No cowboy hats
From Sundance to the art house: Houston movie dispels Texas stereotypes and gets picked up worldwide
PARK CITY, Utah — Only moments before Houston premiered at the Sundance Film Festival, writer/director Bastian Gunther admitted he was nervous.
"It's a big moment. We spent five years on the film," he told an audience in the sold-out 324-seat theater. "Now is the moment to let it go. We have no control over it. People may hate it. People may love it. We'll see."
The audience seemed to like the film — a moody, meditative piece about an alcoholic German headhunter (played by Ulrich Tukur) who is sent to Houston to recruit a reclusive corporate CEO — and, during a Q&A session, asked thoughtful questions about the themes of addiction, the economy and why it was filmed in Houston.
"I like the city. It is very visual and it fits the story," Gunther explained. "It's a city that's all about profit and the next good thing."
There isn't a single cowboy hat in the movie and Houston is portrayed as an urban city with all its riches and flaws, not as a one-dimensional place populated by yahoos.
Critics had a more mixed reaction. The Hollywood Reporter said the "tale of white-collar desperation is less tense than it sounds" and Slug magazine said, "Houston falls into the cinematic trap of an unpleasant protagonist where it’s hard for audiences to care whether he discovers redemption or not." Scene Stealers called it "an interesting movie with a well-paced plot, fantastic acting, and thoughtful direction, (but) Houston doesn’t quite bring it all home."
I liked the film more than most — if for no other reason, that it breaks the stereotypes that are often used to portray Houston and Texas. There isn't a single cowboy hat in the movie and Houston is portrayed as an urban city with all its riches and flaws, not as a one-dimensional place populated by yahoos.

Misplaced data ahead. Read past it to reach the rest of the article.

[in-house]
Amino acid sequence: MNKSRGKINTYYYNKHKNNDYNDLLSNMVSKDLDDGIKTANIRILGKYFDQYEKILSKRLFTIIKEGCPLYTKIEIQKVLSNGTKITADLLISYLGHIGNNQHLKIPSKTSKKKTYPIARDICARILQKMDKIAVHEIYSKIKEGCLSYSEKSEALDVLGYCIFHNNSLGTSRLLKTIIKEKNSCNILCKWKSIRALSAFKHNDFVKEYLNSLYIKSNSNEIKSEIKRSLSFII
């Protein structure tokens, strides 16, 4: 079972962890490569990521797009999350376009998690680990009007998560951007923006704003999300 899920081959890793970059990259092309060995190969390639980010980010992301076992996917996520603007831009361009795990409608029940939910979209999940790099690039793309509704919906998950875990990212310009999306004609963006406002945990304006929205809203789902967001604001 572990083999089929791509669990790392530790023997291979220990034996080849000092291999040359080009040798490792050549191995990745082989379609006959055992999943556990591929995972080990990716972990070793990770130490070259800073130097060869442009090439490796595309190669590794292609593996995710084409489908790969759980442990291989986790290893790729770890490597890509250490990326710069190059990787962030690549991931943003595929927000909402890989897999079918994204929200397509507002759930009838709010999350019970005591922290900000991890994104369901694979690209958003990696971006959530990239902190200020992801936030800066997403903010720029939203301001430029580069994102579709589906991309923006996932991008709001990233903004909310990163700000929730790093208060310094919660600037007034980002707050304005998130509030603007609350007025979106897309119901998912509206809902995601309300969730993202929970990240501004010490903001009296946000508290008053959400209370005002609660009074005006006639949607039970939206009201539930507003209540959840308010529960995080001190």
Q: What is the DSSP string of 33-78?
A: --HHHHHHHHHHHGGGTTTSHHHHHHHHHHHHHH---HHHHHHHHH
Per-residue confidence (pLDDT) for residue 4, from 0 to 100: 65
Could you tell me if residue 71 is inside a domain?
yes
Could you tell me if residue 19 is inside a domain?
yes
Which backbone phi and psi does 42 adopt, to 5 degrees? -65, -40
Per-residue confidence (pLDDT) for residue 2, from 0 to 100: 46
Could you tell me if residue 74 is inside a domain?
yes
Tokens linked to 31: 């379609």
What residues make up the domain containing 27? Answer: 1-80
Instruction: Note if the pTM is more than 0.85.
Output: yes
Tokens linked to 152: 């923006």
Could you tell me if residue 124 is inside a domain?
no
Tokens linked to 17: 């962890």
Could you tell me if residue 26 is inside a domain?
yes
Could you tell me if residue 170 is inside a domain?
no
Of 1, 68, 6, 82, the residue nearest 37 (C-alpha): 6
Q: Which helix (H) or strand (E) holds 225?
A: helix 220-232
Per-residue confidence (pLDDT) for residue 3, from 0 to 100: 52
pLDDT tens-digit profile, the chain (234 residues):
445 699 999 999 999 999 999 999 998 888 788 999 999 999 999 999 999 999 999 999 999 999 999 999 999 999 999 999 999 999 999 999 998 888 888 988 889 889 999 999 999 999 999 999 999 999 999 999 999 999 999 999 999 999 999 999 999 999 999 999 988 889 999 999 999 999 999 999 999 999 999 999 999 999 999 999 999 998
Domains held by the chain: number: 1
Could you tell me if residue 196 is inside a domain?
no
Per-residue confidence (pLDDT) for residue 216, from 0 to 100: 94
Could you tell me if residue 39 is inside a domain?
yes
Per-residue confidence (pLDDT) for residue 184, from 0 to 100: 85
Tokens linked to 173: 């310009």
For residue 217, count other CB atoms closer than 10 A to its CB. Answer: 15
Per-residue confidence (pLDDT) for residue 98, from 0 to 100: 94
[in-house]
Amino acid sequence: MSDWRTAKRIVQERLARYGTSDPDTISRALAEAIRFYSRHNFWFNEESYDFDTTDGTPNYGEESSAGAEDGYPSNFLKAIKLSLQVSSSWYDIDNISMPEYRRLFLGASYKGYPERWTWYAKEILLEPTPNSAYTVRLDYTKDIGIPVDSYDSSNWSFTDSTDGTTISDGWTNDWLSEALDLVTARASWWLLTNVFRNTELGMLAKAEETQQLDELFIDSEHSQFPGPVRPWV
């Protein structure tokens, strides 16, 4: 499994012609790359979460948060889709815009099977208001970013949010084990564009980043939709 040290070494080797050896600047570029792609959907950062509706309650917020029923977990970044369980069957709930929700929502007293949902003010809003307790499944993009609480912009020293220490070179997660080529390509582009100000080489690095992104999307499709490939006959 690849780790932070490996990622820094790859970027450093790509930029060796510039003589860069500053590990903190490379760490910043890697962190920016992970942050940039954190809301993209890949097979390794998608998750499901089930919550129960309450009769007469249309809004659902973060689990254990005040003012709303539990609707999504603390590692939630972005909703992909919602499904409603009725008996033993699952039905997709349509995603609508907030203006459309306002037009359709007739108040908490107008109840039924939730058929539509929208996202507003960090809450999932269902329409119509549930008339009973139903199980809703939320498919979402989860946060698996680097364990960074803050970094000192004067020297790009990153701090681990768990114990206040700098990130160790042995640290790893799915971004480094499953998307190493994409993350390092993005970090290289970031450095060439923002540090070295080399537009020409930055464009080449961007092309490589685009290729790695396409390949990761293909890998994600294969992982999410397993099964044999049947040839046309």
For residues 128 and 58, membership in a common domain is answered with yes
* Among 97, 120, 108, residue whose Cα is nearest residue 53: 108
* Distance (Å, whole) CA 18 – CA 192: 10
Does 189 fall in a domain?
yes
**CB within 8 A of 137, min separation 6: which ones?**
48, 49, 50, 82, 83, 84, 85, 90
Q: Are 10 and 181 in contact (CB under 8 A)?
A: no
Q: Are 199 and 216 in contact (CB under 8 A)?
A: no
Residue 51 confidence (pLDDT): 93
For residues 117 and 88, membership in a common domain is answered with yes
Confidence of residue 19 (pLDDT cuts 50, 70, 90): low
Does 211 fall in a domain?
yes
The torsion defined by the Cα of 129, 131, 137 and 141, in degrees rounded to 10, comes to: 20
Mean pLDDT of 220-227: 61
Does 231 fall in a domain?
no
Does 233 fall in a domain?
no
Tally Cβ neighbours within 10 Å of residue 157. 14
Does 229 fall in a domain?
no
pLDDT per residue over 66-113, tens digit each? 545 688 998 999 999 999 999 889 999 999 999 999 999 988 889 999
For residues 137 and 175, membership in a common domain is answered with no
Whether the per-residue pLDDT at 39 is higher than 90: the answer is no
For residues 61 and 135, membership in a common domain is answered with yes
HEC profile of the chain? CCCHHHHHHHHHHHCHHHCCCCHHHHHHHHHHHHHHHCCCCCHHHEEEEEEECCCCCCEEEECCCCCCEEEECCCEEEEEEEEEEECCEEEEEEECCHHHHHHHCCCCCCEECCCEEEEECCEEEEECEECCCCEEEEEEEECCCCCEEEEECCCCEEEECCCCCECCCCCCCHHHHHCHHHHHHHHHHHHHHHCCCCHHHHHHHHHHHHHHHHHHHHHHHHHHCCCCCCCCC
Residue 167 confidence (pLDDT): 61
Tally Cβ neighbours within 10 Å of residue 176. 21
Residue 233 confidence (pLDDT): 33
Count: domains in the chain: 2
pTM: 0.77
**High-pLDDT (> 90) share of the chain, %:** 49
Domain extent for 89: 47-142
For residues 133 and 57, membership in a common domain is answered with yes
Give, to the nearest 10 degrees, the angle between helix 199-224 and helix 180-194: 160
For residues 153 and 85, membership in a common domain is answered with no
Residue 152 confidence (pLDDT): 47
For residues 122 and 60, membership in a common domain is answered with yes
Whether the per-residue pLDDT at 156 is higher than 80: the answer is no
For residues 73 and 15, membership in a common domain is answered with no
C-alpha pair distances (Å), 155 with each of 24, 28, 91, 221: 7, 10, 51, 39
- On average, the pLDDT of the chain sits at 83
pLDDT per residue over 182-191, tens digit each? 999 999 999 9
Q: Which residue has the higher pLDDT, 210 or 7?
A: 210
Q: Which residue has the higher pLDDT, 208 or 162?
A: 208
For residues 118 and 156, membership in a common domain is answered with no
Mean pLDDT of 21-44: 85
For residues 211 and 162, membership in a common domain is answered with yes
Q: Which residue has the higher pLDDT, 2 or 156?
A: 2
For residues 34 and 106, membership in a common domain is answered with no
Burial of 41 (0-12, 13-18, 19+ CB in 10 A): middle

Gunther, who divides his time between Austin and Germany, believes that living in Texas for much of the past five years helped him to present a more nuanced look at the Lone Star State.
"It's an outsider's perspective, but it's not a cliche," he said a party to celebrate the movie at Cisero's Ristorante following the premiere. "I hope that people find this view interesting."
Gunther purposely shot the movie on 35-millimeter film, using hard-to-find lenses in Los Angeles and Europe, to give it a dreamier quality and represent the lead character's confused state of mind. It's a technique that is rarely used in the digital age; one crew member told Gunther the last time he had worked with 35-mm film was when the Coen brothers shot No Country For Old Men in Texas six years ago.
"Everybody is shooting digital now. But (35-mm) gives such a nice atmosphere," Gunther said. "And the concentration of the whole team during the shoot was much higher because they know that money is running through the camera every second so everybody is focused. You can't just shoot random stuff. You have to be prepared to make the film."
Much of the shoot took place at the Hyatt Regency Hotel in downtown Houston. One complicated shot involved a shirt that floated through the wind amid the skyscrapers outside of Tukur's room. One team stood atop a skyscraper with a fishing pole and 600 feet of line while another team stood on the blocked-off street with the same amount of fishing line to manipulate the shirt.
In writing the movie, Gunther said he was inspired by Apocalpyse Now, which in turn is based on the classic Joseph Conrad novel, Heart of Darkness. "It's a classic set-up for a journey into your own darkness," he said.
"It's all real. There is no digital effect," Gunther recalled. "I'm so happy it worked out."
In writing the movie, Gunther said he was inspired by Apocalypse Now, which in turn is based on the classic Joseph Conrad novel, Heart of Darkness. "It's a classic set-up for a journey into your own darkness," he said.
He also looked to seminal New Hollywood movies made in the 1970s, including Two-Lane Blacktop, Zabriskie Point, The Deer Hunter, The Last Picture Show ("a great Texas film") for inspiration.
"All these films inspired me so much because they were very political, but in a very artistic way. I think this is what our film is too. It is a very political film that tells a little bit about our modern way of life and how we live and how fucked it is sometimes."
The ending, which is a technically demanding three-minute shot in the middle of the Art Car Parade, is intentionally ambiguous, Gunther said.
"I fought for this ending for five years," he told the audience after the movie. "Most of the financiers didn't like it. It gives room for interpretation. The director shouldn't tell you what to think."
Good news for the Houston team: The film was purchased by London-based HanWay Films, which has promoted such art house films as An Education with Carrie Mulligan and David Cronenberg's A Dangerous Method. A screening is planned in Houston, hopefully in the spring, Gunther said.